Will vs. Trust

What type of Will or Trust is best for you and your family? Many Carson City residents ask themselves this question often while planning their estate.
While there’s no one-size-fits-all answer to this question, it does help to know the difference between Wills vs. Trusts before making any decisions about which type of document is right for you.

What is a Trust?
A trust (also called an estate planning tool or instrument) is when an individual (the trustor) lets one person (the trustee) hold assets for the benefit of another individual.
The creator of the Trust, or trustor, sets the terms and conditions. Thus, the trustor can establish rules on how to use the property or assets in the Trust can use them.
There are many different types of trusts. One type is Living Trusts, which can be changed or changed back.

Another type is Testamentary Trusts, which a trustor cannot change without a court order.
The last type is an irrevocable life insurance trust, which cannot be changed back and does not need to go through court orders if it needs to change or stop paying out money.

What is a Will?
A Will is simply a legal document stating how individuals distribute their property after death. It helps to ensure that a Carson City resident’s wishes after death.
In Carson City, an individual can appoint someone to manage their property until it’s time to execute the Will.

This person will be called the executor of your estate and appear in the Will and other vital documents such as power-of-attorney for healthcare and durable power-of-attorney for finances.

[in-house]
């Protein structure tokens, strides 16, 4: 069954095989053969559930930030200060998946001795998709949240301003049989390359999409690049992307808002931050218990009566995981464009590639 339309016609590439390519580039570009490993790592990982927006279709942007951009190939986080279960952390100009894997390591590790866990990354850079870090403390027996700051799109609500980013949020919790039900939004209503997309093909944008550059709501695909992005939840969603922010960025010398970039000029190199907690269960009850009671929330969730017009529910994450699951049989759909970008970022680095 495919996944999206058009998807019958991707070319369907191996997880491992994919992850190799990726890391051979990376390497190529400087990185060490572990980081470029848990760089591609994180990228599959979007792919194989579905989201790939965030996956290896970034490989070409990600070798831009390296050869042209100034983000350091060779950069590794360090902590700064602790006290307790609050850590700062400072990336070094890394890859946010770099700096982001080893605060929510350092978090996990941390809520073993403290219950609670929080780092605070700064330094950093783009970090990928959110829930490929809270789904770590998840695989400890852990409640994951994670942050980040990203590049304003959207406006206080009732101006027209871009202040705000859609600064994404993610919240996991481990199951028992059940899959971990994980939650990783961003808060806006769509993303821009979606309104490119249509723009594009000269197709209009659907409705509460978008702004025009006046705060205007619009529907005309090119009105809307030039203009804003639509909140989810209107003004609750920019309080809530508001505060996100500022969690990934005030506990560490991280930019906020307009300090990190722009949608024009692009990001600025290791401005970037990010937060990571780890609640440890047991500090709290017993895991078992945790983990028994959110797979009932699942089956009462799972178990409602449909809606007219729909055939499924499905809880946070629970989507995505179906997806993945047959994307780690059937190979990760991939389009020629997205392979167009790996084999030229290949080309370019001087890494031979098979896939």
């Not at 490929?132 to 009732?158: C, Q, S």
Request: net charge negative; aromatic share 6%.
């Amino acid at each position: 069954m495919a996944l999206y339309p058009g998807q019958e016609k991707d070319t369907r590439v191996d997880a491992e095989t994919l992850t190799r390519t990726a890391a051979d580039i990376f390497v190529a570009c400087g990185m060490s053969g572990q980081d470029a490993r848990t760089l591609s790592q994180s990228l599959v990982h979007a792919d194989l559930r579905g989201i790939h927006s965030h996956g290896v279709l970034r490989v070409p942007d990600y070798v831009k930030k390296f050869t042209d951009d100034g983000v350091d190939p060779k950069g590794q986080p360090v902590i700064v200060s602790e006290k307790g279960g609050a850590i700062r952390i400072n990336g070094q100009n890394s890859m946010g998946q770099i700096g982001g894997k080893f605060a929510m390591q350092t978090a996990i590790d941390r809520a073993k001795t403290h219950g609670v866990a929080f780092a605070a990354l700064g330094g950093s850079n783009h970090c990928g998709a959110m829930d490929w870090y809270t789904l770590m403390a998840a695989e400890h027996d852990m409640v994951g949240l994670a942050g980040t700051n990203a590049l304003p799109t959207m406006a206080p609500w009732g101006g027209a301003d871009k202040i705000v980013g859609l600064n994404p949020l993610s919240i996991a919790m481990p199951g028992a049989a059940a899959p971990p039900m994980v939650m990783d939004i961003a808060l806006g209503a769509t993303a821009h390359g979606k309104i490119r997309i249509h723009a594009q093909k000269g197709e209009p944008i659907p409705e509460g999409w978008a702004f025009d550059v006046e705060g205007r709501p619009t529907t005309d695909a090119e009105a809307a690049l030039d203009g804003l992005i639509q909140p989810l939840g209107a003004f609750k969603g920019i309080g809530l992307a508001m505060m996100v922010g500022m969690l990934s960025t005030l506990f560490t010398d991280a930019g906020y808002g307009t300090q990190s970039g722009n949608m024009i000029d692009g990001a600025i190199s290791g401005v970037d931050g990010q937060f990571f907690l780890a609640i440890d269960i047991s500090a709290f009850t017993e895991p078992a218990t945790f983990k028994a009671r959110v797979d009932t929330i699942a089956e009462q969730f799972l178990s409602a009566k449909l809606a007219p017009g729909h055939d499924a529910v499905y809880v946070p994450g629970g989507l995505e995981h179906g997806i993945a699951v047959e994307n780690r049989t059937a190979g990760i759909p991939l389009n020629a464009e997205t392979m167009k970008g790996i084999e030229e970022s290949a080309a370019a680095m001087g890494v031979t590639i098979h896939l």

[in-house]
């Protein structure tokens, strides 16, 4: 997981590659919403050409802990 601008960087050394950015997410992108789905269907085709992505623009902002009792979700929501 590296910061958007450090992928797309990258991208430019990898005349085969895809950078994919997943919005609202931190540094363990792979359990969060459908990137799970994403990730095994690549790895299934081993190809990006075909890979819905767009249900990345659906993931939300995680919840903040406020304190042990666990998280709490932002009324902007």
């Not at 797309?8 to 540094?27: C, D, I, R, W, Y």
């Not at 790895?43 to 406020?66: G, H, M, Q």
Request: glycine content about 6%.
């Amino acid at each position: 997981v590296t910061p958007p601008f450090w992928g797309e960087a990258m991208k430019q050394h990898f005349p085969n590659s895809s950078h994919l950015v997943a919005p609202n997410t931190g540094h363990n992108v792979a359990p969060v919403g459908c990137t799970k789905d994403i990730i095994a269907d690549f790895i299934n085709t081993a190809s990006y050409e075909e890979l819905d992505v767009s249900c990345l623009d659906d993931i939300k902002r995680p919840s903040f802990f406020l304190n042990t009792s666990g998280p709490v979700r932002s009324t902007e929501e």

When it comes down to it, Wills vs. Trusts are both estate planning tools that help individuals ensure they pass down assets and property after death.
However, Carson City residents should know some critical distinctions between the two. Let’s discuss the differences between Wills and Trusts.

What’s the Difference Between a Will and a Trust?
There are several differences between Wills and Trusts. The most fundamental difference is that Wills become effective when the person dies, while a trustor can enable a Trusts during their lifetime.

Wills are also subject to probate, a legal process where the deceased’s estate is settled and distributed. This process can often be expensive and time-consuming, taking many months or even years to complete.

Trusts don’t have a probate period because the Trust’s assets go to the trustee. Thus, it is usually easier to transfer assets and property to beneficiaries using a Trust rather than a Will.
Another critical distinction between Wills vs. Trusts relates to how each structure pays taxes. With a Will, the deceased’s estate pays any taxes on assets.
However, beneficiaries are typically responsible for any taxes owed on transferred assets with a Trust.

There are many other factors to consider when deciding between Wills vs. Trusts. If you need more assistance, please contact our Carson City law office.
Carson City residents can contact our office for more information or guidance in this process. We would be happy to help you make an informed decision about which type of document is right for you and your family!

Carson City Law Office offers Estate Planning services, including Wills, Trusts, and more. Contact us today at (775) 882-8032 to schedule your consultation.